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Scripture reading – Leviticus 4

Our study of sacrifices continues with the sacrifices to be offered for a “sin through ignorance against any of the commandments of the LORD” (4:1). A “sin through ignorance” was not a willful violation of the Law and ordinances of God, but an oversight, unintentional defilement that was nevertheless a sin.

The Sin Offering for the Priest (4:1-12)

Leviticus 4:1-12 examined the sacrifices a priest was instructed to offer when he was guilty of sinning through ignorance. Identifying with the young bull that would be sacrificed for his sin, the priest was asked to bring “a young bullock without blemish unto the Lord for a sin offering” (4:3). At the door of the Tabernacle; the priest would “lay his hand upon the bullock’s head, and kill the bullock before the Lord” (4:4). After anointing himself and the altar with the blood of the sacrifice (4:5-7), the priest would flay the bull and burn the choice parts on the burnt offer (4:8-10), taking the rest outside the camp where it would be burned (4:11-12)

The Sin Offering for the Congregation (4:13-21)

Leviticus 4:13-21 addressed the sacrifices offered for “the whole congregation of Israel “sins through ignorance” (4:13). The “elders of the congregation,” acting on behalf of the people, were instructed to “lay their hands upon the head of the bullock before the Lord: and the bullock [would] be killed before the Lord” (4:15). The handling of the young bull that was sacrificed followed the same guidelines as those noted earlier (4:16-21). Thus, the leaders of Israel identified the slaying of the bull as a sacrifice for the nation’s sins.

The Sin Offering for a Leader (4:22-26)

Should a leader of the people sin “through ignorance against any of the commandments of the Lord his God concerning things which should not be done, and is guilty” (4:22), he was instructed to “bring his offering, a kid of the goats, a male without blemish” (4:23). Placing his hand on the young goat, the leader identified the killing and the burning of the goat as his “sin offering” (4:24). As an atonement for the leader’s sin, the blood of the goat was applied to the “horns” or raised corners of the altar (4:25). The fat was burned upon the altar (4:26), and was “an atonement.” The leader was assured his sin was forgiven (4:26b).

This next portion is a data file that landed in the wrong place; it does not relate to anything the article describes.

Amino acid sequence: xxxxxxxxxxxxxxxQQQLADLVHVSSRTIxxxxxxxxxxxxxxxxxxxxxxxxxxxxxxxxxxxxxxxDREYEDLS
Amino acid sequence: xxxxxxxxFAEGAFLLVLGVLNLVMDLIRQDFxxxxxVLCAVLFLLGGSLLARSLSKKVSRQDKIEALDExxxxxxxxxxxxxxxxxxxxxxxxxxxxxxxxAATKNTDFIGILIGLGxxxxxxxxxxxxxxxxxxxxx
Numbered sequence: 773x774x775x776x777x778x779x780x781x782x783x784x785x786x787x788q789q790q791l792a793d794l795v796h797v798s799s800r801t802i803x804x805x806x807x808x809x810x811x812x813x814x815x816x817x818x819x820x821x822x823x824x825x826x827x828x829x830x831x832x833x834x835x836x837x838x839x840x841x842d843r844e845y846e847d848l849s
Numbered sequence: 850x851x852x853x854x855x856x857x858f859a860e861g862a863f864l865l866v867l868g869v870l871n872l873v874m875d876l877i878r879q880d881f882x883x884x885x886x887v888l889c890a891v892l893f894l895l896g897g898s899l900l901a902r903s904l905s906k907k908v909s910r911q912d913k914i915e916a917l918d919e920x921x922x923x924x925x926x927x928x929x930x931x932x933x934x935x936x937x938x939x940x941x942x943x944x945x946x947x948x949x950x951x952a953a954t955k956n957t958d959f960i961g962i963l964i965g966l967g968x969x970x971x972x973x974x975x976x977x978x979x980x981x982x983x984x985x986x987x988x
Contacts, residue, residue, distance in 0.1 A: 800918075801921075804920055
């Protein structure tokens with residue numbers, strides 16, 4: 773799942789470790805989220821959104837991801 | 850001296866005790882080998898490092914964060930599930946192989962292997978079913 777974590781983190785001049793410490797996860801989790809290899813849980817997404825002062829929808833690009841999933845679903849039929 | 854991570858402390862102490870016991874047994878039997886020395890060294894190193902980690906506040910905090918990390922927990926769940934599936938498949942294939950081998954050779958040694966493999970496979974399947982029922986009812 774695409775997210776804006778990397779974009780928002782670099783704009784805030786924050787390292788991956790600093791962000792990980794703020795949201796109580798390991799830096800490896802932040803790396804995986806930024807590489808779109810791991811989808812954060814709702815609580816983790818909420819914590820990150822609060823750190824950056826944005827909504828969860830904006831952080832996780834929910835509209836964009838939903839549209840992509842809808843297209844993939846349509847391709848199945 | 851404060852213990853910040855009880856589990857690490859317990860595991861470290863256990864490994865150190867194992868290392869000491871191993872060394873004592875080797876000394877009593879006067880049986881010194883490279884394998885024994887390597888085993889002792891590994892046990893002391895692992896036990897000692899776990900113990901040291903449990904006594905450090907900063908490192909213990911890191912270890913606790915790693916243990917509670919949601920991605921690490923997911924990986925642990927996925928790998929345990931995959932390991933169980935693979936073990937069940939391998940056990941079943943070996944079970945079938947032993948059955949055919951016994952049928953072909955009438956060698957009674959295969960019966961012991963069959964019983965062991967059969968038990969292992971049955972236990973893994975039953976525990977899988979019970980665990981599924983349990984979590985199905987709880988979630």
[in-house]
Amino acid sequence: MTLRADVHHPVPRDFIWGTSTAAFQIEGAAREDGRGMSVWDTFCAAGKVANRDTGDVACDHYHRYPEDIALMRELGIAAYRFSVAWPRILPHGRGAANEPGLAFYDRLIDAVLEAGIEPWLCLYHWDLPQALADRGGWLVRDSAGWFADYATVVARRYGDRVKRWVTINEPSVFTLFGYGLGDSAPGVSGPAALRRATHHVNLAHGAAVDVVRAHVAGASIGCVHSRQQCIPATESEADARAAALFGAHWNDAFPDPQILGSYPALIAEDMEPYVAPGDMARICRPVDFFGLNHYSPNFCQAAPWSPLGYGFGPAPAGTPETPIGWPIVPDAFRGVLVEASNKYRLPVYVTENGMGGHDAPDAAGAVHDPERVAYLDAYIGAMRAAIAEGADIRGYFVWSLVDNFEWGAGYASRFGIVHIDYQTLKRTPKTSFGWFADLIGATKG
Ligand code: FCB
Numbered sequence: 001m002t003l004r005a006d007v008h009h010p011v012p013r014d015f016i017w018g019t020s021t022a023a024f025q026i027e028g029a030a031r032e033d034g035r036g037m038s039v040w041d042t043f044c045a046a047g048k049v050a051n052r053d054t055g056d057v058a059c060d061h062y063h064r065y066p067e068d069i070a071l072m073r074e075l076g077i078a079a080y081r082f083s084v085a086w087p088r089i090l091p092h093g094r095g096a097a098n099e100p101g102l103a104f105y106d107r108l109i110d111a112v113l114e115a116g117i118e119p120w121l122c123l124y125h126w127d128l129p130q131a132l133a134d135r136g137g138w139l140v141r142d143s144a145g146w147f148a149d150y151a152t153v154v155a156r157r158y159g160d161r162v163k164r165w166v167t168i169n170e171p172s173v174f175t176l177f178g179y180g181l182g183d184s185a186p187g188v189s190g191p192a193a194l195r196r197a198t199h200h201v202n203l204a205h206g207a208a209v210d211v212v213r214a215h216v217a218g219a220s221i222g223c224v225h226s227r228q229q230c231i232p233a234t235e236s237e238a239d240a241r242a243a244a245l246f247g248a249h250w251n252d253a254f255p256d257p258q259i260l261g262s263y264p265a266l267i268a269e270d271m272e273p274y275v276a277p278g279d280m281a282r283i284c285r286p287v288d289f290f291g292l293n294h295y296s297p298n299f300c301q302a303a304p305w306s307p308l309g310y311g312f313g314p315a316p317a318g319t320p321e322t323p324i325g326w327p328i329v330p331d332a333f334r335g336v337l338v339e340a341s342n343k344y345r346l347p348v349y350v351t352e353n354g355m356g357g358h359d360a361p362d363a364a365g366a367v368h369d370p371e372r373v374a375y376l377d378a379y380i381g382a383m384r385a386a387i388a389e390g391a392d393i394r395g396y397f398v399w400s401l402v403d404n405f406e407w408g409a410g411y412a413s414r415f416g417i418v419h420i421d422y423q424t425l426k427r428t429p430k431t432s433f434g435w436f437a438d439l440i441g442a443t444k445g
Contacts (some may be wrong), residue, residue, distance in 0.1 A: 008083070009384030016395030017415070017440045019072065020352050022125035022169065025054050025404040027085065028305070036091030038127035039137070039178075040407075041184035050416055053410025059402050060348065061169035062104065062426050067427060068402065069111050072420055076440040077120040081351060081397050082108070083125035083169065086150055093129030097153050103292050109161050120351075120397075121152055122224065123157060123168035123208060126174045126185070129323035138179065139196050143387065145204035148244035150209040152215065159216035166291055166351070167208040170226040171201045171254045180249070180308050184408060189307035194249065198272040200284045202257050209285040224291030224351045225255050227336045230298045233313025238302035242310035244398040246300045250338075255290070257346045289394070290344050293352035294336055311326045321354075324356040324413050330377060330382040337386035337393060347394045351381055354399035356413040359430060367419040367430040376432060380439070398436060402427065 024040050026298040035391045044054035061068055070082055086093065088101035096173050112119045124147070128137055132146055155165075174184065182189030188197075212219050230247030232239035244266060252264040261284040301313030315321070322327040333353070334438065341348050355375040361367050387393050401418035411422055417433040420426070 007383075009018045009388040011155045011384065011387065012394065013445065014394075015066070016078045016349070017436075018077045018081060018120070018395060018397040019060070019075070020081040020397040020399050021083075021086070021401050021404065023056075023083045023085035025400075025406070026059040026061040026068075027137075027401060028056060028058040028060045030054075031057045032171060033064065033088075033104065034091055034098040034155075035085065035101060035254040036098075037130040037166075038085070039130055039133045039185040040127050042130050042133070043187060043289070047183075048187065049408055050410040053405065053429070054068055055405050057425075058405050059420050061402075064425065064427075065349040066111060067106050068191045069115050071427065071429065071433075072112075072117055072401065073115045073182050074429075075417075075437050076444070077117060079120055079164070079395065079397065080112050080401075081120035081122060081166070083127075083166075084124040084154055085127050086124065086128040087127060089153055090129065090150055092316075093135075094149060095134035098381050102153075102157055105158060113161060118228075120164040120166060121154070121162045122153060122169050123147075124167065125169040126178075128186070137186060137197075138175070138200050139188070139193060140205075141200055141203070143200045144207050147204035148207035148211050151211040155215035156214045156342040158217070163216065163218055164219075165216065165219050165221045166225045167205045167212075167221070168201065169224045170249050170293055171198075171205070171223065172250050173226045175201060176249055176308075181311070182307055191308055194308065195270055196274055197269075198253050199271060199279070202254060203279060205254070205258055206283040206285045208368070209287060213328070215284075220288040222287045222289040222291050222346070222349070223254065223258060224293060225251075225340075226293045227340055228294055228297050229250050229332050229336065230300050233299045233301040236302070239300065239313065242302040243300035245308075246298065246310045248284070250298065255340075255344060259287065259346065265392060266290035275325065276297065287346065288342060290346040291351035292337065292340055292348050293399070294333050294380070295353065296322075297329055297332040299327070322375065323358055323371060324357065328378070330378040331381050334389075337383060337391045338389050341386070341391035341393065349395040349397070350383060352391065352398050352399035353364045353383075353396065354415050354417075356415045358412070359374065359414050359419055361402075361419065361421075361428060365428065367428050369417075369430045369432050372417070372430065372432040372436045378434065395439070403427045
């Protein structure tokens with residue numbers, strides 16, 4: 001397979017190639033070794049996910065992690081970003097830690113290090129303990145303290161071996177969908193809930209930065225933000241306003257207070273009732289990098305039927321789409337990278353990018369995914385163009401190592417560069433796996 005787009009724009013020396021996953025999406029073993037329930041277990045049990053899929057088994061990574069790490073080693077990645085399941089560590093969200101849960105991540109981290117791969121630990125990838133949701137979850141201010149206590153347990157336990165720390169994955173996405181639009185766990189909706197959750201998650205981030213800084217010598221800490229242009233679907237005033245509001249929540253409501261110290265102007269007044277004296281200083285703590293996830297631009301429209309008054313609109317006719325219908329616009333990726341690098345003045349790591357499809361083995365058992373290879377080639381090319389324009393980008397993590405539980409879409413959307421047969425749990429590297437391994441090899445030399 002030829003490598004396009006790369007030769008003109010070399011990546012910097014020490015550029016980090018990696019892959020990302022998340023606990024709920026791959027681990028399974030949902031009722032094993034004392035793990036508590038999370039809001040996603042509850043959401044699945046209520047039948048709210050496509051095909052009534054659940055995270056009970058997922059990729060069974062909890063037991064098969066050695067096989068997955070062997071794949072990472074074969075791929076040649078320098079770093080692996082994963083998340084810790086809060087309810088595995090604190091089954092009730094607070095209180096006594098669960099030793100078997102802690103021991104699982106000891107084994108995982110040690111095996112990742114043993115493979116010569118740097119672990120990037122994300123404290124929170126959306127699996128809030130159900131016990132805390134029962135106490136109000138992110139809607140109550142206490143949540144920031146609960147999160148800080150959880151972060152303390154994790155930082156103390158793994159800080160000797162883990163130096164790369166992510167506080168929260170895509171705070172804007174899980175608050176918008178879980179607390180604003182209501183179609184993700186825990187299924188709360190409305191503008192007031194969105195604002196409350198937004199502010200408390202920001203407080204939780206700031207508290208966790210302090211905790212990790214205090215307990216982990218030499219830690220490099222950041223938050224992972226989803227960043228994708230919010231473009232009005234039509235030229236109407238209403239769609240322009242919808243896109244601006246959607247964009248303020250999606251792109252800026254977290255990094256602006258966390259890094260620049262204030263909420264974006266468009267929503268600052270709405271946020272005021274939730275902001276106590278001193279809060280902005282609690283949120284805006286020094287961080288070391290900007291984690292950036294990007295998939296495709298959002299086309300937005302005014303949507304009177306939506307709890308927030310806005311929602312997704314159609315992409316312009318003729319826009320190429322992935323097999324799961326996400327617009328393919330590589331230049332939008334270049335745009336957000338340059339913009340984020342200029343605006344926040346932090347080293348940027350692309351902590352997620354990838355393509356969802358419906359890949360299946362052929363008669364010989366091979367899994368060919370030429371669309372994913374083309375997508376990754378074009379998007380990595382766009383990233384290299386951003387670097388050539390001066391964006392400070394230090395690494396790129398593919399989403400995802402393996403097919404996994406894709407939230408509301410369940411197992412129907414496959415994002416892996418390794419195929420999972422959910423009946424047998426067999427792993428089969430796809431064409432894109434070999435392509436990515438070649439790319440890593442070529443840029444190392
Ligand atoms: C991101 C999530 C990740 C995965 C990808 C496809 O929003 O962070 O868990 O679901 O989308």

The Sin Offering for Individuals (4:27-35)

Not to be overlooked were the sins of the “common,” ordinary citizens of Israel who, like the priests and leaders, found themselves guilty of “sin through ignorance” (4:27). When such a sin came to one’s knowledge, the “common people” were instructed to “bring [their] offering, a kid of the goats (or a lamb, 4:32), a female without blemish, for his sin which he hath sinned” (4:28). As with other sacrifices, the penitent sinner was instructed to “lay his hand upon the head of the sin offering, and slay the sin offering in the place of the burnt offering” (4:29).

The priest, acting as mediator, would take the blood of the sacrifice, put the blood on the “horns” or the corners of the altar, and then “pour out all the blood thereof at the bottom of the altar” (4:30). Taking the fat of the sacrifice and burning it upon the altar, it was declared a “peace offering…and atonement” for the sinner, whose sin was forgiven (4:31).

Closing thoughts: Why do we no longer offer sacrifices for sins?

Because Jesus Christ is not only our high priest (Hebrews 9:11), but He is our “once and for all” substitutionary sacrifice (Hebrews 9:12, 14). His death on the cross, and His blood, fulfilled the law’s demands for a perfect, sinless sacrifice.

Nevertheless, we are responsible for confessing our sins to God (1 John 1:9) and one another when we have sinned against them (Matthew 5:23-24). We no longer offer “a burnt sacrifice of the herd” (bulls, goats, or sheep) for our sins (Leviticus 1:2-4), for Christ fulfilled the demands of the law. He was the “Lamb of God” (John 1:29), a “male without blemish” (1:3), and was sacrificed for our sins “once for all” (Hebrews 10:10).

Hebrews 9:28 – “So Christ was once offered to bear the sins of many; and unto them that look for him shall he appear the second time without sin unto salvation.”

Is He your Savior, your sacrifice for sin?

Copyright © 2023 – Travis D. Smith

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